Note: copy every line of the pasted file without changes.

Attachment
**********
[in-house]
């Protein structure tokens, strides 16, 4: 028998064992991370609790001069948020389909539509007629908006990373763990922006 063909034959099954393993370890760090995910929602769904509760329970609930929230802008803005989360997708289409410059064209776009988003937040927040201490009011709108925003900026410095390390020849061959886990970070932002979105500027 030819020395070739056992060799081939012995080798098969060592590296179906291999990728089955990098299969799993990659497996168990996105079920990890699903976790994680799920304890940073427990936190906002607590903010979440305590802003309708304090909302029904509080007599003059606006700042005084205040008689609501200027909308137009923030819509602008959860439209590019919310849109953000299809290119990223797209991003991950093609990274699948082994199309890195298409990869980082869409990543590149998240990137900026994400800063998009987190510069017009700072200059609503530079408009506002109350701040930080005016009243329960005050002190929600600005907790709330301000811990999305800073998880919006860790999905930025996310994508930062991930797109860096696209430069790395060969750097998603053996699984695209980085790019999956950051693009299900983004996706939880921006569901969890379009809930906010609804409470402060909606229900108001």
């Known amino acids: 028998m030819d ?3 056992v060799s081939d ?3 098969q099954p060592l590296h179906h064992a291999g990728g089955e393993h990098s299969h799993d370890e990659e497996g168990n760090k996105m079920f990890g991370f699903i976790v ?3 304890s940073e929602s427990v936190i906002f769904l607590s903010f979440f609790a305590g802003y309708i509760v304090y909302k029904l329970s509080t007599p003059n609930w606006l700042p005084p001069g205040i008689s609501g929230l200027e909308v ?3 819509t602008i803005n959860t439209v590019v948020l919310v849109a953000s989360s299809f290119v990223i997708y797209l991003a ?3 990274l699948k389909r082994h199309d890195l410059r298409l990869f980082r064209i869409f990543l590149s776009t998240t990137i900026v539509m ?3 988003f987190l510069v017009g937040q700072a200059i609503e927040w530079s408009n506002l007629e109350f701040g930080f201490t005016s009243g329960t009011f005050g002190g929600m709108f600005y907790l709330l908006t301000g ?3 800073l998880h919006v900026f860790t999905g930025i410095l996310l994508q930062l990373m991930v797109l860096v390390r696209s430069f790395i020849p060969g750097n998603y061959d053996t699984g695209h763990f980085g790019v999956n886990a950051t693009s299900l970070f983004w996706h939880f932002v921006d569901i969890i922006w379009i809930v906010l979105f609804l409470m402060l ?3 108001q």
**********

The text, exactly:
[in-house]
């Protein structure tokens, strides 16, 4: 028998064992991370609790001069948020389909539509007629908006990373763990922006 063909034959099954393993370890760090995910929602769904509760329970609930929230802008803005989360997708289409410059064209776009988003937040927040201490009011709108925003900026410095390390020849061959886990970070932002979105500027 030819020395070739056992060799081939012995080798098969060592590296179906291999990728089955990098299969799993990659497996168990996105079920990890699903976790994680799920304890940073427990936190906002607590903010979440305590802003309708304090909302029904509080007599003059606006700042005084205040008689609501200027909308137009923030819509602008959860439209590019919310849109953000299809290119990223797209991003991950093609990274699948082994199309890195298409990869980082869409990543590149998240990137900026994400800063998009987190510069017009700072200059609503530079408009506002109350701040930080005016009243329960005050002190929600600005907790709330301000811990999305800073998880919006860790999905930025996310994508930062991930797109860096696209430069790395060969750097998603053996699984695209980085790019999956950051693009299900983004996706939880921006569901969890379009809930906010609804409470402060909606229900108001």
């Known amino acids: 028998m030819d ?3 056992v060799s081939d ?3 098969q099954p060592l590296h179906h064992a291999g990728g089955e393993h990098s299969h799993d370890e990659e497996g168990n760090k996105m079920f990890g991370f699903i976790v ?3 304890s940073e929602s427990v936190i906002f769904l607590s903010f979440f609790a305590g802003y309708i509760v304090y909302k029904l329970s509080t007599p003059n609930w606006l700042p005084p001069g205040i008689s609501g929230l200027e909308v ?3 819509t602008i803005n959860t439209v590019v948020l919310v849109a953000s989360s299809f290119v990223i997708y797209l991003a ?3 990274l699948k389909r082994h199309d890195l410059r298409l990869f980082r064209i869409f990543l590149s776009t998240t990137i900026v539509m ?3 988003f987190l510069v017009g937040q700072a200059i609503e927040w530079s408009n506002l007629e109350f701040g930080f201490t005016s009243g329960t009011f005050g002190g929600m709108f600005y907790l709330l908006t301000g ?3 800073l998880h919006v900026f860790t999905g930025i410095l996310l994508q930062l990373m991930v797109l860096v390390r696209s430069f790395i020849p060969g750097n998603y061959d053996t699984g695209h763990f980085g790019v999956n886990a950051t693009s299900l970070f983004w996706h939880f932002v921006d569901i969890i922006w379009i809930v906010l979105f609804l409470m402060l ?3 108001q």